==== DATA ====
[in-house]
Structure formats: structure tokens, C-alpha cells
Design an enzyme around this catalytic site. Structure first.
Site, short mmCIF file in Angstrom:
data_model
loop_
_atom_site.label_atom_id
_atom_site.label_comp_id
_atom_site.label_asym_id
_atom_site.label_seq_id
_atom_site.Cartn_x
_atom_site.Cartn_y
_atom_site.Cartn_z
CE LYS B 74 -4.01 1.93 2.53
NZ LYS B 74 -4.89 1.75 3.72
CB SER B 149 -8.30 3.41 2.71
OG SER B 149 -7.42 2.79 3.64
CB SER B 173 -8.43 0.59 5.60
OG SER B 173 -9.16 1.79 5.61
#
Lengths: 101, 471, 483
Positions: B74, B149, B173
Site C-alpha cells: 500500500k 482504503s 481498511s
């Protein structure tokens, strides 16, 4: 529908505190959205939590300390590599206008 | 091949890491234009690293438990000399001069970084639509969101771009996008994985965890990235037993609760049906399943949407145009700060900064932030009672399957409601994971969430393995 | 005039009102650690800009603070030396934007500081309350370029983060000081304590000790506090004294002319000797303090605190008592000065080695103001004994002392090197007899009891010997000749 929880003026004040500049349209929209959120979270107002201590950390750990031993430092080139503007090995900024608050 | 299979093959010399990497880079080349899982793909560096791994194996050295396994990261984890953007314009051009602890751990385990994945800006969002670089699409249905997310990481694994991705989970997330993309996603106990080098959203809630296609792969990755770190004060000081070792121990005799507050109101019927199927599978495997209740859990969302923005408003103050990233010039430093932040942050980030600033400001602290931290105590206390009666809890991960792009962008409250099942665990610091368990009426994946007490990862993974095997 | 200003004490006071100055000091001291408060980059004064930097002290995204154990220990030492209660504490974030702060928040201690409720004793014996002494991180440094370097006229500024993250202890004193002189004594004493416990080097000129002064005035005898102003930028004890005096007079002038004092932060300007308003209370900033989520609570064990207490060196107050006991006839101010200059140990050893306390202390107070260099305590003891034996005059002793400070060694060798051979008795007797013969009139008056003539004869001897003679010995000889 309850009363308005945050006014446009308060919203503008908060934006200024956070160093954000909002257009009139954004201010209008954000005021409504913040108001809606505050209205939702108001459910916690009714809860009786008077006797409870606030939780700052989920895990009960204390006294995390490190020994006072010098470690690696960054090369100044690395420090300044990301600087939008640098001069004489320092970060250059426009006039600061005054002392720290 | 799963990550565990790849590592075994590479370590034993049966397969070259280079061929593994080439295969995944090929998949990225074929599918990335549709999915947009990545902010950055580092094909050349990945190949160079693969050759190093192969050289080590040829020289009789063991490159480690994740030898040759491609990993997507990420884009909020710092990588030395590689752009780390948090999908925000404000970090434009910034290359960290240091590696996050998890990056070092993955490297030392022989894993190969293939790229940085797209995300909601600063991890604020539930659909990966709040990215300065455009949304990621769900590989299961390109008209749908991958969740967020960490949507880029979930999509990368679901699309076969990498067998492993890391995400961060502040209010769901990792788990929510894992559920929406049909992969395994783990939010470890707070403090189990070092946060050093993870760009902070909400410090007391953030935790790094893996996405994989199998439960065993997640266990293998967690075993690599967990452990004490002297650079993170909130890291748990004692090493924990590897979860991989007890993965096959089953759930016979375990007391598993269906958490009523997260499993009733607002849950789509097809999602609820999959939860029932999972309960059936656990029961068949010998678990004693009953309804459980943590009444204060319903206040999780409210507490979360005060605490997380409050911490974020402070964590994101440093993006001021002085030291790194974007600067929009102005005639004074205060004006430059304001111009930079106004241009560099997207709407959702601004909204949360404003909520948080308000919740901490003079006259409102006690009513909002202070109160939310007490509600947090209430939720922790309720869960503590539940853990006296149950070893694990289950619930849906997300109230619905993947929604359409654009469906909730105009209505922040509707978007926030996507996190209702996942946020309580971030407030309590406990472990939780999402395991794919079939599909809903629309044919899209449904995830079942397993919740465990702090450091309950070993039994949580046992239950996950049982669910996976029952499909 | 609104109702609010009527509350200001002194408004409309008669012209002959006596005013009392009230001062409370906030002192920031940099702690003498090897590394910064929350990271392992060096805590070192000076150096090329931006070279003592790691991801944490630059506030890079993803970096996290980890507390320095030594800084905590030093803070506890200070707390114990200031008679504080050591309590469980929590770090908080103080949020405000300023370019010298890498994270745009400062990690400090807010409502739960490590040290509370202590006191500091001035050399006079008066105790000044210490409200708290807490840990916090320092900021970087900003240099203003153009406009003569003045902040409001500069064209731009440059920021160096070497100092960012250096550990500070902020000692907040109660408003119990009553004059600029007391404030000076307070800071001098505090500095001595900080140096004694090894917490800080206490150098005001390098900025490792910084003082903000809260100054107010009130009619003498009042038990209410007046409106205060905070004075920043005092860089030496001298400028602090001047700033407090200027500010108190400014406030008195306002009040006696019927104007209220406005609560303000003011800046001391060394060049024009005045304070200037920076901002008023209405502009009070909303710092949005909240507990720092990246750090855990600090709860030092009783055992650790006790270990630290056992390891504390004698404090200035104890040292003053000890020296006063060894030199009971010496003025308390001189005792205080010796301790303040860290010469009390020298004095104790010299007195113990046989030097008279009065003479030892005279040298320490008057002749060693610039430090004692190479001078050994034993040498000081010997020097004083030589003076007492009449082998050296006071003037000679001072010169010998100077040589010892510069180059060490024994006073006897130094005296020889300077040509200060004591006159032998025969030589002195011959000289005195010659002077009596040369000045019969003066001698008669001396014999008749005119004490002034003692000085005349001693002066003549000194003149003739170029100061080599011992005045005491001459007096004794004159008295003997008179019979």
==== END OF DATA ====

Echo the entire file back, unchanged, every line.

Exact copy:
[in-house]
Structure formats: structure tokens, C-alpha cells
Design an enzyme around this catalytic site. Structure first.
Site, short mmCIF file in Angstrom:
data_model
loop_
_atom_site.label_atom_id
_atom_site.label_comp_id
_atom_site.label_asym_id
_atom_site.label_seq_id
_atom_site.Cartn_x
_atom_site.Cartn_y
_atom_site.Cartn_z
CE LYS B 74 -4.01 1.93 2.53
NZ LYS B 74 -4.89 1.75 3.72
CB SER B 149 -8.30 3.41 2.71
OG SER B 149 -7.42 2.79 3.64
CB SER B 173 -8.43 0.59 5.60
OG SER B 173 -9.16 1.79 5.61
#
Lengths: 101, 471, 483
Positions: B74, B149, B173
Site C-alpha cells: 500500500k 482504503s 481498511s
């Protein structure tokens, strides 16, 4: 529908505190959205939590300390590599206008 | 091949890491234009690293438990000399001069970084639509969101771009996008994985965890990235037993609760049906399943949407145009700060900064932030009672399957409601994971969430393995 | 005039009102650690800009603070030396934007500081309350370029983060000081304590000790506090004294002319000797303090605190008592000065080695103001004994002392090197007899009891010997000749 929880003026004040500049349209929209959120979270107002201590950390750990031993430092080139503007090995900024608050 | 299979093959010399990497880079080349899982793909560096791994194996050295396994990261984890953007314009051009602890751990385990994945800006969002670089699409249905997310990481694994991705989970997330993309996603106990080098959203809630296609792969990755770190004060000081070792121990005799507050109101019927199927599978495997209740859990969302923005408003103050990233010039430093932040942050980030600033400001602290931290105590206390009666809890991960792009962008409250099942665990610091368990009426994946007490990862993974095997 | 200003004490006071100055000091001291408060980059004064930097002290995204154990220990030492209660504490974030702060928040201690409720004793014996002494991180440094370097006229500024993250202890004193002189004594004493416990080097000129002064005035005898102003930028004890005096007079002038004092932060300007308003209370900033989520609570064990207490060196107050006991006839101010200059140990050893306390202390107070260099305590003891034996005059002793400070060694060798051979008795007797013969009139008056003539004869001897003679010995000889 309850009363308005945050006014446009308060919203503008908060934006200024956070160093954000909002257009009139954004201010209008954000005021409504913040108001809606505050209205939702108001459910916690009714809860009786008077006797409870606030939780700052989920895990009960204390006294995390490190020994006072010098470690690696960054090369100044690395420090300044990301600087939008640098001069004489320092970060250059426009006039600061005054002392720290 | 799963990550565990790849590592075994590479370590034993049966397969070259280079061929593994080439295969995944090929998949990225074929599918990335549709999915947009990545902010950055580092094909050349990945190949160079693969050759190093192969050289080590040829020289009789063991490159480690994740030898040759491609990993997507990420884009909020710092990588030395590689752009780390948090999908925000404000970090434009910034290359960290240091590696996050998890990056070092993955490297030392022989894993190969293939790229940085797209995300909601600063991890604020539930659909990966709040990215300065455009949304990621769900590989299961390109008209749908991958969740967020960490949507880029979930999509990368679901699309076969990498067998492993890391995400961060502040209010769901990792788990929510894992559920929406049909992969395994783990939010470890707070403090189990070092946060050093993870760009902070909400410090007391953030935790790094893996996405994989199998439960065993997640266990293998967690075993690599967990452990004490002297650079993170909130890291748990004692090493924990590897979860991989007890993965096959089953759930016979375990007391598993269906958490009523997260499993009733607002849950789509097809999602609820999959939860029932999972309960059936656990029961068949010998678990004693009953309804459980943590009444204060319903206040999780409210507490979360005060605490997380409050911490974020402070964590994101440093993006001021002085030291790194974007600067929009102005005639004074205060004006430059304001111009930079106004241009560099997207709407959702601004909204949360404003909520948080308000919740901490003079006259409102006690009513909002202070109160939310007490509600947090209430939720922790309720869960503590539940853990006296149950070893694990289950619930849906997300109230619905993947929604359409654009469906909730105009209505922040509707978007926030996507996190209702996942946020309580971030407030309590406990472990939780999402395991794919079939599909809903629309044919899209449904995830079942397993919740465990702090450091309950070993039994949580046992239950996950049982669910996976029952499909 | 609104109702609010009527509350200001002194408004409309008669012209002959006596005013009392009230001062409370906030002192920031940099702690003498090897590394910064929350990271392992060096805590070192000076150096090329931006070279003592790691991801944490630059506030890079993803970096996290980890507390320095030594800084905590030093803070506890200070707390114990200031008679504080050591309590469980929590770090908080103080949020405000300023370019010298890498994270745009400062990690400090807010409502739960490590040290509370202590006191500091001035050399006079008066105790000044210490409200708290807490840990916090320092900021970087900003240099203003153009406009003569003045902040409001500069064209731009440059920021160096070497100092960012250096550990500070902020000692907040109660408003119990009553004059600029007391404030000076307070800071001098505090500095001595900080140096004694090894917490800080206490150098005001390098900025490792910084003082903000809260100054107010009130009619003498009042038990209410007046409106205060905070004075920043005092860089030496001298400028602090001047700033407090200027500010108190400014406030008195306002009040006696019927104007209220406005609560303000003011800046001391060394060049024009005045304070200037920076901002008023209405502009009070909303710092949005909240507990720092990246750090855990600090709860030092009783055992650790006790270990630290056992390891504390004698404090200035104890040292003053000890020296006063060894030199009971010496003025308390001189005792205080010796301790303040860290010469009390020298004095104790010299007195113990046989030097008279009065003479030892005279040298320490008057002749060693610039430090004692190479001078050994034993040498000081010997020097004083030589003076007492009449082998050296006071003037000679001072010169010998100077040589010892510069180059060490024994006073006897130094005296020889300077040509200060004591006159032998025969030589002195011959000289005195010659002077009596040369000045019969003066001698008669001396014999008749005119004490002034003692000085005349001693002066003549000194003149003739170029100061080599011992005045005491001459007096004794004159008295003997008179019979």